Our short sale date was April 2014. I think our Experian report says it'll drop off in 2020 (I think?). Doesn't matter if it still shows up on credit, you want to be four years removed from the Redemption(sale) date of the short sale. It was a rental property for my stepson who we were trying to get on the right track, long story (I learned my lesson there!). He then decided he wasn't going to live there. We rented it out but turned into quagmire, I was out of work for a year, husband got new job in new city and we had to move. Couldn't keep up with mortgages and rent in new city and so the short sale in 2014. Since 2014 we've been renting and trying to save, paying off bills.

Our combined debt is about 100K. Our DTI is under 20%.How are you calculating this? We have some of the down payment saved. We are trying to save $50K. I think we can get there, we have a decent combined gross salary. should mention that although we don't have debt other than the IRS and student loans, we have a lot of monthly expenses, private school tuition, oldest in college etc so our challenge is to keep our expenses down, put away what we can in savings, watch our spending on eating out, etc. Public school where i live is not really an option, few good options, hard to get into magnet schools (although one child did get into a magnet school, so that saves us one tuition). Why a $50k down payment? What is your price point/range?

Husband's credit is better than mine but he has only a few open items on there, it's a spare CR.

My strategy is just waiting it out, save $ and hopefully see what the situation is in 2020. What is the significance of 2020? You can (likely) buy right now.The worst case scenario is we have to leave our current home and rent another.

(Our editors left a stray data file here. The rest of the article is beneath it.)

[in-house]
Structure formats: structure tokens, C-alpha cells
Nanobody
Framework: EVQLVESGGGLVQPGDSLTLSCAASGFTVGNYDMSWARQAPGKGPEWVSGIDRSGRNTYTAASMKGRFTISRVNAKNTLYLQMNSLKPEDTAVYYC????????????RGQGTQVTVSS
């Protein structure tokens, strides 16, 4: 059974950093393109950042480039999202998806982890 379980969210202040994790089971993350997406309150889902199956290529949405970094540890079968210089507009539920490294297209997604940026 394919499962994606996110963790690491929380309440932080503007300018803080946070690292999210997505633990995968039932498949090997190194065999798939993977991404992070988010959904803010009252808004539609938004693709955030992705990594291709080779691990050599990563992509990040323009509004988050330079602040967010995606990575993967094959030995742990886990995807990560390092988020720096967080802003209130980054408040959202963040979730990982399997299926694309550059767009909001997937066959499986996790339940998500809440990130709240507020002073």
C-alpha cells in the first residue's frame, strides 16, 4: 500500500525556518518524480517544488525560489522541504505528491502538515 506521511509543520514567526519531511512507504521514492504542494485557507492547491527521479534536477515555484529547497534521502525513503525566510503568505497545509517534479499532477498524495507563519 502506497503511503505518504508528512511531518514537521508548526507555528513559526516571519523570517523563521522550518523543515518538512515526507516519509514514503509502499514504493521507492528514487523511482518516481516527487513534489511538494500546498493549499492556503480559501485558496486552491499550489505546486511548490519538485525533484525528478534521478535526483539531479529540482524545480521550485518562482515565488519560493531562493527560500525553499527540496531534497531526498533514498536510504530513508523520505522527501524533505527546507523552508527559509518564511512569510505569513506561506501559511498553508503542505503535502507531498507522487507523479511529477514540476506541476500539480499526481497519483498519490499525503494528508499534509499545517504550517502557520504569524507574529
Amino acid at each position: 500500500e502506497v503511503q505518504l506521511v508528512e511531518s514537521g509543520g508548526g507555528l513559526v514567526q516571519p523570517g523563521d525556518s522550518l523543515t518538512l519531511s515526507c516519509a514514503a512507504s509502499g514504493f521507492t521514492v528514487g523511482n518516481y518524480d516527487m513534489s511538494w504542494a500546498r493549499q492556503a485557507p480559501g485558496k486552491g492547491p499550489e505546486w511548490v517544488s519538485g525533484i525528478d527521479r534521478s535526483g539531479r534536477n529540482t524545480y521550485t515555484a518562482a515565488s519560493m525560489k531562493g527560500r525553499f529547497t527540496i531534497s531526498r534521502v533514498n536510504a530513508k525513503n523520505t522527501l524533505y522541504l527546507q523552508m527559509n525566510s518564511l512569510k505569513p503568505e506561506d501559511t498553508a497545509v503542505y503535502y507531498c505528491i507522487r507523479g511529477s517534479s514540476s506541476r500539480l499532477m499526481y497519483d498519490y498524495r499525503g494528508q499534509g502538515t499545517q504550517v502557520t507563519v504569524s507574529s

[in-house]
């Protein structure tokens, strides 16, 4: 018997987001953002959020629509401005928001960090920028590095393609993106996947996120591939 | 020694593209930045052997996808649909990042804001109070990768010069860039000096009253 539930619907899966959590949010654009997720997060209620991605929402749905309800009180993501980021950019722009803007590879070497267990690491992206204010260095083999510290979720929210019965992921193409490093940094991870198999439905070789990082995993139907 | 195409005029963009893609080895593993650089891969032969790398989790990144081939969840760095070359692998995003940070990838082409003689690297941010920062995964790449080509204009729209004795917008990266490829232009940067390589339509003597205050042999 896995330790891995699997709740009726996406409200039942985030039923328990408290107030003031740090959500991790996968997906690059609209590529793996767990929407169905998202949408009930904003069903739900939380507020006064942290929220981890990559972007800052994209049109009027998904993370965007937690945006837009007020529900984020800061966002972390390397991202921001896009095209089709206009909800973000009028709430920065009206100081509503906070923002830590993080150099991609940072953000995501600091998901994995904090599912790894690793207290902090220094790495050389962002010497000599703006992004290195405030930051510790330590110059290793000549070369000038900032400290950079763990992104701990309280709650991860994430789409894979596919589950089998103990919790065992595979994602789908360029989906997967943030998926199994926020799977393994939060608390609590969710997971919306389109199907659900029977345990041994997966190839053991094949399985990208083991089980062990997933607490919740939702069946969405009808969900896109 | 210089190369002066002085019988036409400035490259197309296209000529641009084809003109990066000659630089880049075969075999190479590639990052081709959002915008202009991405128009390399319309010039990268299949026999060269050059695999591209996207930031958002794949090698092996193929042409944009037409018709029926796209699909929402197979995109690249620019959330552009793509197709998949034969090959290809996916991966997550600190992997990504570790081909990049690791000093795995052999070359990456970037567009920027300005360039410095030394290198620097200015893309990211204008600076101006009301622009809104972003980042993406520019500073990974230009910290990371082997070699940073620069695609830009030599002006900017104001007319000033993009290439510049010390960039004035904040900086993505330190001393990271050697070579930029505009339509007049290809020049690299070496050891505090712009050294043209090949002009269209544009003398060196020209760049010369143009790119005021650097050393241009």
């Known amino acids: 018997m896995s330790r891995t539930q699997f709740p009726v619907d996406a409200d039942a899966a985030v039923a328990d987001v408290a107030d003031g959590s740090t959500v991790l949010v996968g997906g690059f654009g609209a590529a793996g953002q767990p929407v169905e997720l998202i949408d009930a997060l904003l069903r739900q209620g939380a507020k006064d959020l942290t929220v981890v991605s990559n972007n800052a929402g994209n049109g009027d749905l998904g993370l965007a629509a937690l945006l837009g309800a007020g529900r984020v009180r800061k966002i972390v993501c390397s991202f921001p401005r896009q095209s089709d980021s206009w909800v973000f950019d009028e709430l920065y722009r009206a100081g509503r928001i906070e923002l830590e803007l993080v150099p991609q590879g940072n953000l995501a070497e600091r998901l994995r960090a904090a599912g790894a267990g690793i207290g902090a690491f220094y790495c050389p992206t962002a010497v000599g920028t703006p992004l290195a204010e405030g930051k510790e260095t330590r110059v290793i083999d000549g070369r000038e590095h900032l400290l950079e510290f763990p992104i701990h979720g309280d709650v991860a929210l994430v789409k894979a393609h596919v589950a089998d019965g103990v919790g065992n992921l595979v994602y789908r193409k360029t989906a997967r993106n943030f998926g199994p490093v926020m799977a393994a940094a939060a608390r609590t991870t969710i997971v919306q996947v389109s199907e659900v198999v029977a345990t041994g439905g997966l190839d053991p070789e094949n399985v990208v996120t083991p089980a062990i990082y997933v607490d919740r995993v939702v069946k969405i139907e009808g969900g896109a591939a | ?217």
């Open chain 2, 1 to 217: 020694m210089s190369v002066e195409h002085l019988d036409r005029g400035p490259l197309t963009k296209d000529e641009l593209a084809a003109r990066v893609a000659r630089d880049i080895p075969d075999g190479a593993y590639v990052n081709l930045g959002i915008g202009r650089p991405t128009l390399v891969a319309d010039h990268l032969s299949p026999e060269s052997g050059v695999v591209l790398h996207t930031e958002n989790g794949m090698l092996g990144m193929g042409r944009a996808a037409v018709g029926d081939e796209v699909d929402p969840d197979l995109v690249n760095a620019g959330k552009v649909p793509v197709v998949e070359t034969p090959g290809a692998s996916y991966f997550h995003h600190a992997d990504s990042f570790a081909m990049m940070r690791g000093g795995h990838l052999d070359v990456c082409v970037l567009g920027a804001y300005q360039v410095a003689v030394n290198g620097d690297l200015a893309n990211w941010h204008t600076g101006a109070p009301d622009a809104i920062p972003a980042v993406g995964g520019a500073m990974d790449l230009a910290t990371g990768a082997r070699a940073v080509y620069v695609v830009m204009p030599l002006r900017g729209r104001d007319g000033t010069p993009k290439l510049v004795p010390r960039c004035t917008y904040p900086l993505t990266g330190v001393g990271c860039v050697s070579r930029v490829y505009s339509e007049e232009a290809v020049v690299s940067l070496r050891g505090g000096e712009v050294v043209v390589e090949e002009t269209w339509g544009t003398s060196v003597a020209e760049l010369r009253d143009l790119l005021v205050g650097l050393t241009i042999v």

Thank you for all your comments and ideas.
..
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Old Today, 12:59 PM
 
2,828 posts, read 1,140,574 times
Reputation: 7388
I would recommend you consider just buying the house and living in it. The loan balance on a $150k purchase price will be a lot easier to deal with. You do not need a master bedroom suite added. You may need to do some minor repairs to kitchens and bathrooms, but you do not need a total renovation of these.

Once you get stable with your finances, you can evaluate how to pay for the renovations you want. You may well decide to scale back your wants.

I think it's a spectacularly bad idea to launch into renovations you can't really afford and roll them into your basic mortgage when your interest rates will be high due to weak credit.

To summarize:

Buy the house.
Fix only that which poses a safety or health hazard, NOT convenience or styling improvements.
Get your finances stable and then think about renovations/add-ons/remodelings.